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Highlights from this issue
  1. Ben Stenson, Deputy Editor

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Treatment thresholds for post-haemorrhagic ventricular dilatation

Two articles relate to thresholds for intervention in cases of intraventricular haemorrhage complicated by post-haemorrhagic ventricular dilatation. In a study of 17 infants Klebermass-Schrehof and colleagues measured flash visual evoked potentials (fVEP's) and amplitude integrated encephalography (aEEG) weekly and then twice weekly when the ventricular index reached the 97th centile of Levene. In all cases fVEP latency increased and in most cases aEEG became suppressed with increasing dilatation. The changes were observed before clinical signs of raised intracranial pressure were present and before the ventricular index reached the 97th centile plus 4 mm. The authors suggest that functional measures should be included in the clinical management because anatomic measures of dilatation alone may not provide enough information. Both measures normalised soon after therapeutic intervention. The study is discussed further in an editorial by deVries and colleagues. In their experience they had observed similar alterations if fVEP but not in aEEG. More data in this area will be very helpful. The Early v Late Ventricular Intervention Study (ELVIS) is randomising patients whose ventricular index reaches the 97th centile of Levene to earlier or later treatment. Follow up results from the Drainage Irrigation and Fibrinolytic Treatment (DRIFT) trial showed reduced cognitive impairment with intervention. Further research will be required to determine the optimal approach but evidence in favour of intervention is increasing. See pages F291 and F284

Intestinal microbiota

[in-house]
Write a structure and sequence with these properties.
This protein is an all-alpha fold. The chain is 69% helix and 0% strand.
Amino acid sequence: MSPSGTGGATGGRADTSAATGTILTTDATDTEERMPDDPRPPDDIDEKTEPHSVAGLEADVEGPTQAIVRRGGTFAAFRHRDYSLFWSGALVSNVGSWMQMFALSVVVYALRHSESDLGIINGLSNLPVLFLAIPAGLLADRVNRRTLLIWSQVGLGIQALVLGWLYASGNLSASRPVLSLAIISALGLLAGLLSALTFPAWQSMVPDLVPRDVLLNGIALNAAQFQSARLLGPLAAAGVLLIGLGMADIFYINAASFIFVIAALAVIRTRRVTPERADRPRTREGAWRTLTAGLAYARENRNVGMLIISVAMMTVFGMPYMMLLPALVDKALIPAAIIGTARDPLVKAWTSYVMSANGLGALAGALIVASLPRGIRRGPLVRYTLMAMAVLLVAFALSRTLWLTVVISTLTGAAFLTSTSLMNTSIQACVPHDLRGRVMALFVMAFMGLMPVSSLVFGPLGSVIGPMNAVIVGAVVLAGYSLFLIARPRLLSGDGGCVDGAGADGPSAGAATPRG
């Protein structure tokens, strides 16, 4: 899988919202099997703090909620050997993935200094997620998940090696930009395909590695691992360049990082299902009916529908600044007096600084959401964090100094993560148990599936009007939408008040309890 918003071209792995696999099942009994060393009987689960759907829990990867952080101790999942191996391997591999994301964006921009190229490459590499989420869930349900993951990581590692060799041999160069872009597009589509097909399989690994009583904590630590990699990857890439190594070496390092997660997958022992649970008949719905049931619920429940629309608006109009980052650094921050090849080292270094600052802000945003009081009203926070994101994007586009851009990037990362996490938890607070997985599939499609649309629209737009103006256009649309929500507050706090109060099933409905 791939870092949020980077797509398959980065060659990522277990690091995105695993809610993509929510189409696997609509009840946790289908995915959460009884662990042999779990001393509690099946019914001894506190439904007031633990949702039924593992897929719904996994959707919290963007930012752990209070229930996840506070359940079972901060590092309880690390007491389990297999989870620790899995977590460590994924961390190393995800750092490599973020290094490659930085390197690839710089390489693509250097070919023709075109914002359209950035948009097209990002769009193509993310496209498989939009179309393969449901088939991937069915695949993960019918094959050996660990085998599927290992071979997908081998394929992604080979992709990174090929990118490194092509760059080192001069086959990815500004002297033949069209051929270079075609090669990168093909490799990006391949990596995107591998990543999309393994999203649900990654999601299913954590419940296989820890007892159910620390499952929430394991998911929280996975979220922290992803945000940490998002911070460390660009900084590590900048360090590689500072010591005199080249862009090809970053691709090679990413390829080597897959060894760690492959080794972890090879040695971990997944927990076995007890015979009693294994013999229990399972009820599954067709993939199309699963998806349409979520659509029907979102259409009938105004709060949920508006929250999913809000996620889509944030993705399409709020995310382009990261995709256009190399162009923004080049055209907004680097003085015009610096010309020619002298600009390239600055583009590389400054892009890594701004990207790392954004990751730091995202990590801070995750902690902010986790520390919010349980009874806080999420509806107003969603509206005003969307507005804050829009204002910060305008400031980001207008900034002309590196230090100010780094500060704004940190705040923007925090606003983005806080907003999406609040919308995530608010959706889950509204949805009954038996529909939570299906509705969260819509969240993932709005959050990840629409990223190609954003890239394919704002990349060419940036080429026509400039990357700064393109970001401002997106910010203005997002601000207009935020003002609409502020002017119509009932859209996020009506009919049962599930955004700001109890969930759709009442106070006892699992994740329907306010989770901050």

New molecular techniques for identifying and quantifying the organisms that make up the intestinal microbiota provide vast numbers of observations and give rise to hypotheses linking therapeutic interventions to alterations in flora and to disease states at the time and throughout life. There are four articles on the subject this month—two original research articles and two articles that review current knowledge. The original articles describe the organisms identified in stool samples from series of preterm infants cared for in single institutions. The organisms differ from those observed in term infants, vary markedly between infants and over time, and are influenced by antibiotic and antifungal treatment. An association is identified between the presence of sphingomonas species and NEC that has not previously been reported. Further studies are required to understand the observations more fully and translate any therapeutic possibilities into clinical interventions. See pages F298, F334, F286, F362

Neonatal screening for critical cardiovascular anomalies using pulse oximetry

Prudhoe and colleagues report the use of pulse oximetry screening to detect cardiac anomalies in around 32 000 babies over a 10 year period. Results from screening more than 250 000 infants have now been published. The authors stress that the number of infants identified with individual anomalies in published reports remains relatively small and that the ability to detect some critical lesions such as coarctation of the aorta and tetralogy of Fallot is limited. Even some infants with transposition of the great arteries can have remarkably normal saturations initially. The corresponding author of this paper at the time of acceptance was Sam Richmond. Sam has since died and we will greatly miss his thoughtful and provocative contributions to F and N and to the wider world of neonatology. See page F346

Comparison of MRI with neuropathology in infants who died after perinatal asphyxia

In this report by Aldersliesten and colleagues, 23 infants who died with neonatal encephalopathy and who had both ante-mortem MRI and post-mortem neuropathological examination are described. When the investigations were compared, MRI scan was found to have demonstrated injury to the thalami, basal ganglia, posterior limb of the internal capsule, cerebral cortex and cerebellum reliably. Injury to the brain stem, hippocampus and cerebral white matter were often underestimated by MRI. See page F304

Treatment for retinopathy of prematurity

As more infants are treated with injections of anti-VEGF agents for their retinopathy of prematurity, information about the safety of the drugs used will emerge if people report their observations. In this report of 13 infants from India, ocular and systemic adverse events were identified in five infants. See page F327

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